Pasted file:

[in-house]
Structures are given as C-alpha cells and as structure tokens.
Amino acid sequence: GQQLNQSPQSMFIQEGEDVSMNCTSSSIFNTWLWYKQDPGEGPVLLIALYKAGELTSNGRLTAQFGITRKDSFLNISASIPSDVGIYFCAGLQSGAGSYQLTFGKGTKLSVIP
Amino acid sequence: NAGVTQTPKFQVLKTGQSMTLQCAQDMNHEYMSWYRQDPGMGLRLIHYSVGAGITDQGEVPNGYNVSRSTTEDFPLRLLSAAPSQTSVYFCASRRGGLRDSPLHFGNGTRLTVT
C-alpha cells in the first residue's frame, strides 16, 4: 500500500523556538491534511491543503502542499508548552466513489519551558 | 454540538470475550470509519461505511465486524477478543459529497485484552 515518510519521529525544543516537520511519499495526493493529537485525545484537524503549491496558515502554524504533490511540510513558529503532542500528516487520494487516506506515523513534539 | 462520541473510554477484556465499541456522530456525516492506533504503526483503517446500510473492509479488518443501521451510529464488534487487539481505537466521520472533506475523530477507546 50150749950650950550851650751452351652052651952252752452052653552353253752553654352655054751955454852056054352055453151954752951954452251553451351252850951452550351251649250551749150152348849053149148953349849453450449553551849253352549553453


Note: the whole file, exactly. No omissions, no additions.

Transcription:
[in-house]
Structures are given as C-alpha cells and as structure tokens.
Amino acid sequence: GQQLNQSPQSMFIQEGEDVSMNCTSSSIFNTWLWYKQDPGEGPVLLIALYKAGELTSNGRLTAQFGITRKDSFLNISASIPSDVGIYFCAGLQSGAGSYQLTFGKGTKLSVIP
Amino acid sequence: NAGVTQTPKFQVLKTGQSMTLQCAQDMNHEYMSWYRQDPGMGLRLIHYSVGAGITDQGEVPNGYNVSRSTTEDFPLRLLSAAPSQTSVYFCASRRGGLRDSPLHFGNGTRLTVT
C-alpha cells in the first residue's frame, strides 16, 4: 500500500523556538491534511491543503502542499508548552466513489519551558 | 454540538470475550470509519461505511465486524477478543459529497485484552 515518510519521529525544543516537520511519499495526493493529537485525545484537524503549491496558515502554524504533490511540510513558529503532542500528516487520494487516506506515523513534539 | 462520541473510554477484556465499541456522530456525516492506533504503526483503517446500510473492509479488518443501521451510529464488534487487539481505537466521520472533506475523530477507546 50150749950650950550851650751452351652052651952252752452052653552353253752553654352655054751955454852056054352055453151954752951954452251553451351252850951452550351251649250551749150152348849053149148953349849453450449553551849253352549553453